Saturday 12 August 2017
POSEIDON ~ PROLOGUE .... review
Seems Ripple Music are getting a little adventurous and heavy with their choices of whom to sign to their iconic label, the label have been releasing an increasingly diverse array of albums of late, albums that criss-cross across the undergrounds many genres and sub-genres and range from heavy stoner doom to intricate post rock. Latest band to get the Ripple treatment are Poseidon a four piece from the mean streets of East London whose blend of post-rock nuances, progressive complexity and doom flavoured darkness can be heard on their Ripple Music debut album "Prologue".
Droning feedback and noise heralds in first track "The Beginning ,The End, The Colony" and is gradually replaced by a crushing low, slow guitar riff supported by deeply distorted bass and pummelling percussion with occasional shards of dark chordal guitar colouring fracturing the gloom, the song continuing along this path, building in atmosphere and mood, until clean clear, heavily phased vocals suddenly appear shining a little well needed light and much appreciated relief into the proceedings. This relief is short lived though and the band, Raza Khan (drums), Matt Norris (guitar), Matthew Bunkell (bass/vocals) and Jamie Starke (guitar) are soon taking off on another darkened tangent of crushing heaviness this time with Bunkell's vocals taking on a more visceral, animalistic tone beneath which Norris and Starke rip the air asunder with their riffs and licks and Bunkell and Khan shake the earth with their heavy rhythmic drum and bass grooves, the song finally reaching its climax almost as it began with waves of thrumming noise and dark sustain fading into a deafening silence...breathtaking is to small a word for it!
In contrast the next track "Mother Mary Son of Scorn" is almost too pretty and nice to take in at first, it's gently strummed acoustic guitar backed by Khan's simple but effective percussion and enhanced with swirling six-string electric colouring, could almost be described as achingly beautiful if it was not for the morose lyrical content and the weary sadness of its vocal delivery.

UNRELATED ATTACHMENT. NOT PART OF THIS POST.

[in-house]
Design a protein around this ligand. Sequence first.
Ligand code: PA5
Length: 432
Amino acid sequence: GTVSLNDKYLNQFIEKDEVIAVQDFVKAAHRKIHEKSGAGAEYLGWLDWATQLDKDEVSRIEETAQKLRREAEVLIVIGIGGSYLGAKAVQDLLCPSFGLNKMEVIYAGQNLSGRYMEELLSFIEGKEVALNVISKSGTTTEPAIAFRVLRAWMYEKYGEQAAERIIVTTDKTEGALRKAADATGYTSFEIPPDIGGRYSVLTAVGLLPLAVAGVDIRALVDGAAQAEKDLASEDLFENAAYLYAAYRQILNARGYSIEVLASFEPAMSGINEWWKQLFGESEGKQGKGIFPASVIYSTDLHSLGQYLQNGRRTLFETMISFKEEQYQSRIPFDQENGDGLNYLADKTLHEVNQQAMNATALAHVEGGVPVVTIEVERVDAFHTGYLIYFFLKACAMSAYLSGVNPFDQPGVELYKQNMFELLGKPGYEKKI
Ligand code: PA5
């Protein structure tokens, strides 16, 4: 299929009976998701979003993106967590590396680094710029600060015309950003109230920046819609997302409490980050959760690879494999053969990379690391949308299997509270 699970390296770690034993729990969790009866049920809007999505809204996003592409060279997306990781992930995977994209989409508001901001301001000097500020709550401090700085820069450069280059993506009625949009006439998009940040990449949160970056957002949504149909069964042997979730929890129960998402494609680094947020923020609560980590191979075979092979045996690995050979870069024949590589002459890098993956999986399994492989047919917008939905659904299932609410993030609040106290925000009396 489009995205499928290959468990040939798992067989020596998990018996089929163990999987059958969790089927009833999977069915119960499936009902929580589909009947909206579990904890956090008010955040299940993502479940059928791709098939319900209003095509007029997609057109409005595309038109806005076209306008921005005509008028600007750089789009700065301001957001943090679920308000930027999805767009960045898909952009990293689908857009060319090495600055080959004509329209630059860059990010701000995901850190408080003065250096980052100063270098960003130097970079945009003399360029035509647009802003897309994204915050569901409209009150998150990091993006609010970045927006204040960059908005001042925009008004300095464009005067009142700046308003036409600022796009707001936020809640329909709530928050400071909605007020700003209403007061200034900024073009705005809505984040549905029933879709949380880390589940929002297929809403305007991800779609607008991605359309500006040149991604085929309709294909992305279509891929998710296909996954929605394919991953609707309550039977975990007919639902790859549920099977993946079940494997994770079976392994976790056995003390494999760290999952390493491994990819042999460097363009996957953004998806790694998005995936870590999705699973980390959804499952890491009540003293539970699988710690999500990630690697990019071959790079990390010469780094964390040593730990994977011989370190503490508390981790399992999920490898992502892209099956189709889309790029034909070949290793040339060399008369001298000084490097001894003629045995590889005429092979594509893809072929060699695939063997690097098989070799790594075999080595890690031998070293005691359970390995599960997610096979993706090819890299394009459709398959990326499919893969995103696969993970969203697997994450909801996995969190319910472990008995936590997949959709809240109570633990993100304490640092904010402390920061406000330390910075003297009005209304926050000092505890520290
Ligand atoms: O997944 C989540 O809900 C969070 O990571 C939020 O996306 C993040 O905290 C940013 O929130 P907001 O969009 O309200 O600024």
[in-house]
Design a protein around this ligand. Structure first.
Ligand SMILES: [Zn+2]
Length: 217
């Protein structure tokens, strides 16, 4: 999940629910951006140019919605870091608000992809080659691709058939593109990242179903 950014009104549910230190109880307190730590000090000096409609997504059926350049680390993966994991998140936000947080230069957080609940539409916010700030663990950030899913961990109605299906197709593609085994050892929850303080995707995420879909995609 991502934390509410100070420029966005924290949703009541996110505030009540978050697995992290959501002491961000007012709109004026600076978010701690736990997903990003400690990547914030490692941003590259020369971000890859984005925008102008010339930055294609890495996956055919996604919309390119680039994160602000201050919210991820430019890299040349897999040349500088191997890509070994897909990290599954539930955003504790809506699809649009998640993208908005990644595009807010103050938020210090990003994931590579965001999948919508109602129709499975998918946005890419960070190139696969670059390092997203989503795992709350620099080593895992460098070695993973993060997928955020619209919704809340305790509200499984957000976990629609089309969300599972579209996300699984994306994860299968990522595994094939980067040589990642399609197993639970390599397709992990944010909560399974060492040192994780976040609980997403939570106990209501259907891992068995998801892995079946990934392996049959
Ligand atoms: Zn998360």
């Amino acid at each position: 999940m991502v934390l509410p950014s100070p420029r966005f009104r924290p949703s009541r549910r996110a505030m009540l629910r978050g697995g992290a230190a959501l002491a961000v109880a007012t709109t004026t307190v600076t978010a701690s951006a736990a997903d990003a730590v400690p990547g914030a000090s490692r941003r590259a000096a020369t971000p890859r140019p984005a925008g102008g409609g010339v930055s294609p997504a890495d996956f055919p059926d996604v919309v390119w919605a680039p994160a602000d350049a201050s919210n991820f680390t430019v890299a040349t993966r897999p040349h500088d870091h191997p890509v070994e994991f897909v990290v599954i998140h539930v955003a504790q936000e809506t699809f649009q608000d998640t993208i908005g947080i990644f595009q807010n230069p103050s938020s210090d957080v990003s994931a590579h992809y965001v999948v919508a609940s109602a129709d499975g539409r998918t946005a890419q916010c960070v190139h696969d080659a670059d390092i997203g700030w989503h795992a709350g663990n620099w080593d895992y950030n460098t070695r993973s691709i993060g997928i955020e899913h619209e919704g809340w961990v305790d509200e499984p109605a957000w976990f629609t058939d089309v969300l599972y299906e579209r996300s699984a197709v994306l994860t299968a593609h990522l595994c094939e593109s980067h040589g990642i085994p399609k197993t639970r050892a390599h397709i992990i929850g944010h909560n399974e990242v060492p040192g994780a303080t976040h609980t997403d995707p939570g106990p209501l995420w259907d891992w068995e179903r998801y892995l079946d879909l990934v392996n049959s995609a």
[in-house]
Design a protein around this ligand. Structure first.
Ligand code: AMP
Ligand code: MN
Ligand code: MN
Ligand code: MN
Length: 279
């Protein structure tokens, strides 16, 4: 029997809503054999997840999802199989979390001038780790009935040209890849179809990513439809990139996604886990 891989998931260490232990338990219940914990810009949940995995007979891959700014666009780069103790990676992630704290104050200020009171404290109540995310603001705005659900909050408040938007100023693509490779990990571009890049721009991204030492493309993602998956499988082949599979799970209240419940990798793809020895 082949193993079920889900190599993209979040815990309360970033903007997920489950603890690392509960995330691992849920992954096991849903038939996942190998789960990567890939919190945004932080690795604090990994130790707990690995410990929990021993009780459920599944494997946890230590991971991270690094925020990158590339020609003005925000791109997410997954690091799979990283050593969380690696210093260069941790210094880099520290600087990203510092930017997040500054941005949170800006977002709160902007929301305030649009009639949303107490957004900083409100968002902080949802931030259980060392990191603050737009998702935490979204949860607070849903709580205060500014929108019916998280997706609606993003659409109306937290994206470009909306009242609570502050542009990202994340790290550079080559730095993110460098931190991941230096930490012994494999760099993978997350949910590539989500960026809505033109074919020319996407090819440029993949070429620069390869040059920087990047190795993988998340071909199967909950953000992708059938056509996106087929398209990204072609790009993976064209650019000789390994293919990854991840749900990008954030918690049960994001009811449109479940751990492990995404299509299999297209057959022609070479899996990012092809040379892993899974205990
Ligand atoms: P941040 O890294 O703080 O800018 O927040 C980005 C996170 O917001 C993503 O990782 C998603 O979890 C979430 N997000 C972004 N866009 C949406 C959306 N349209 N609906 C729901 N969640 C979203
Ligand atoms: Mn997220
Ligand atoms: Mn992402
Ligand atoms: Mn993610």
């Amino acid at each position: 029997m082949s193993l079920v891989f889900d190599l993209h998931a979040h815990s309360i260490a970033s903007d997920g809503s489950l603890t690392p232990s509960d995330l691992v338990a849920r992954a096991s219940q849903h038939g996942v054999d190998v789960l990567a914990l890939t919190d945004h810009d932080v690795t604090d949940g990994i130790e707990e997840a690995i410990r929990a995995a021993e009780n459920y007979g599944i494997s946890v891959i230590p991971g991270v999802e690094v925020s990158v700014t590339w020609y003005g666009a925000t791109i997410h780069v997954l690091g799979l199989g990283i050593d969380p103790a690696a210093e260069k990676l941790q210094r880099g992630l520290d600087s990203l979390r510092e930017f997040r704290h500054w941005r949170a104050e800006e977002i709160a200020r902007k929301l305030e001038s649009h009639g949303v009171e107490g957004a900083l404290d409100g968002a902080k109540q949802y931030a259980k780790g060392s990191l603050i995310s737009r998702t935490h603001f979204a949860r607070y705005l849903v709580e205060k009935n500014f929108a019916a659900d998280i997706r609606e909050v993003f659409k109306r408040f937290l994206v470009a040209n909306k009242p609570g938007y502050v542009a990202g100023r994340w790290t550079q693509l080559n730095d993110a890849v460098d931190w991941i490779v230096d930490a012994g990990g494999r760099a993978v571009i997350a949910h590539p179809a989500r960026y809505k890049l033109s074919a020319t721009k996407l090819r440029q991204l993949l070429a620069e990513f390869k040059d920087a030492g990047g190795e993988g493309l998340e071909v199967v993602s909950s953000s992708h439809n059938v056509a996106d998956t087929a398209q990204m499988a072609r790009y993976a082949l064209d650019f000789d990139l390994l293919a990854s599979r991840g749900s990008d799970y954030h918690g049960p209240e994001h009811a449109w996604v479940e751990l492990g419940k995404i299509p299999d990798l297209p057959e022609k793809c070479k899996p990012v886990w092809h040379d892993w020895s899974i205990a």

Poseidon return to the crushing heaviness for "Chainbreaker", the song starting with a short soundbyte/narrative on the need to stop the endless grind of " the machine" a reference to the struggles we all deal with on a daily basis, living under the yoke of bosses and governments who have their own agendas. The song then explodes into a choppy stonerized doom groove, guitars crunching out fragmented powerchords that drip with fuzzy menace over a punishing backdrop of crashing percussion and grizzled bassitude with Bunkell mixing his vocal delivery between feral and clean.
"Omega" closes "Prologue" and begins with drone like effects groaning and growling like ships lost in a fog beneath another section of narrative which this time takes the shape of a religious sermon. The song then slowly gathers momentum with eerie dark guitar arpeggios gradually making way for slow throbbing riffage and pulverising percussion that then segues into a heavily fuzz drenched, slighty more aggressive doom refrain embellished with gravelly vocal tones and soaring guitar solo's. Epic, atmospheric and heavy it closes the album on a massive high.
Musical heaviness cannot be easily measured and can be a matter of a listeners perspective, one man's Neurosis can be another mans Monolord and vice-versa, but there is no getting away from the fact that what Poseidon bring to the table will probably cause that said tables legs to buckle and leave a Poseidon shaped indent on its surface, such is the enormity of their dark dank grooves.
Check 'em out ...
© 2017 Frazer Jones